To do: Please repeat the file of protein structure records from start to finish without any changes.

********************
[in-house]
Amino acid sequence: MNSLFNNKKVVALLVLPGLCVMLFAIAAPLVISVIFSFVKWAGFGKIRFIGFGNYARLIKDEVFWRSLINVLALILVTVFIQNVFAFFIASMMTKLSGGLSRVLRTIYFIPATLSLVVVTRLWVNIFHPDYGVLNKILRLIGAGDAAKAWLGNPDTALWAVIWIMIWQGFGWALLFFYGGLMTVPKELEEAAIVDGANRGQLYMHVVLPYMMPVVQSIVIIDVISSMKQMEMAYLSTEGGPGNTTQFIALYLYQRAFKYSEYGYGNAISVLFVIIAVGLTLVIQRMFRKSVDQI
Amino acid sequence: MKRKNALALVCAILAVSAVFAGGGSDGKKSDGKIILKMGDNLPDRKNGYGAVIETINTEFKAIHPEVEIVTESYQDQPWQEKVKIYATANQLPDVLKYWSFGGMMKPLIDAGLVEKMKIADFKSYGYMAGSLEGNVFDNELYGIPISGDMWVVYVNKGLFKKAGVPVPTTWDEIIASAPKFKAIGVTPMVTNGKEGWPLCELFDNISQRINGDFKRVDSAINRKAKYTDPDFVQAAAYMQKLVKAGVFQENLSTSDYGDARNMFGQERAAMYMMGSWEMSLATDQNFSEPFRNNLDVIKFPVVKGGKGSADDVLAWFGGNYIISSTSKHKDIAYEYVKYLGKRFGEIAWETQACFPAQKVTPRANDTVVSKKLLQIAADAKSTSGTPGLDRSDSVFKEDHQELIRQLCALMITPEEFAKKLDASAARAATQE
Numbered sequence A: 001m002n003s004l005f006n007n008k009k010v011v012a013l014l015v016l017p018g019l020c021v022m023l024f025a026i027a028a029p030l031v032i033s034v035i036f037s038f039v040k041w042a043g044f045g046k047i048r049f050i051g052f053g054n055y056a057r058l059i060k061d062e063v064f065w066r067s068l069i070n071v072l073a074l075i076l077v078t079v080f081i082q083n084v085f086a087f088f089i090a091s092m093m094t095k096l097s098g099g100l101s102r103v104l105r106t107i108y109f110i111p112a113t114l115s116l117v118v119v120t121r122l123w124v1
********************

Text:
[in-house]
Amino acid sequence: MNSLFNNKKVVALLVLPGLCVMLFAIAAPLVISVIFSFVKWAGFGKIRFIGFGNYARLIKDEVFWRSLINVLALILVTVFIQNVFAFFIASMMTKLSGGLSRVLRTIYFIPATLSLVVVTRLWVNIFHPDYGVLNKILRLIGAGDAAKAWLGNPDTALWAVIWIMIWQGFGWALLFFYGGLMTVPKELEEAAIVDGANRGQLYMHVVLPYMMPVVQSIVIIDVISSMKQMEMAYLSTEGGPGNTTQFIALYLYQRAFKYSEYGYGNAISVLFVIIAVGLTLVIQRMFRKSVDQI
Amino acid sequence: MKRKNALALVCAILAVSAVFAGGGSDGKKSDGKIILKMGDNLPDRKNGYGAVIETINTEFKAIHPEVEIVTESYQDQPWQEKVKIYATANQLPDVLKYWSFGGMMKPLIDAGLVEKMKIADFKSYGYMAGSLEGNVFDNELYGIPISGDMWVVYVNKGLFKKAGVPVPTTWDEIIASAPKFKAIGVTPMVTNGKEGWPLCELFDNISQRINGDFKRVDSAINRKAKYTDPDFVQAAAYMQKLVKAGVFQENLSTSDYGDARNMFGQERAAMYMMGSWEMSLATDQNFSEPFRNNLDVIKFPVVKGGKGSADDVLAWFGGNYIISSTSKHKDIAYEYVKYLGKRFGEIAWETQACFPAQKVTPRANDTVVSKKLLQIAADAKSTSGTPGLDRSDSVFKEDHQELIRQLCALMITPEEFAKKLDASAARAATQE
Numbered sequence A: 001m002n003s004l005f006n007n008k009k010v011v012a013l014l015v016l017p018g019l020c021v022m023l024f025a026i027a028a029p030l031v032i033s034v035i036f037s038f039v040k041w042a043g044f045g046k047i048r049f050i051g052f053g054n055y056a057r058l059i060k061d062e063v064f065w066r067s068l069i070n071v072l073a074l075i076l077v078t079v080f081i082q083n084v085f086a087f088f089i090a091s092m093m094t095k096l097s098g099g100l101s102r103v104l105r106t107i108y109f110i111p112a113t114l115s116l117v118v119v120t121r122l123w124v1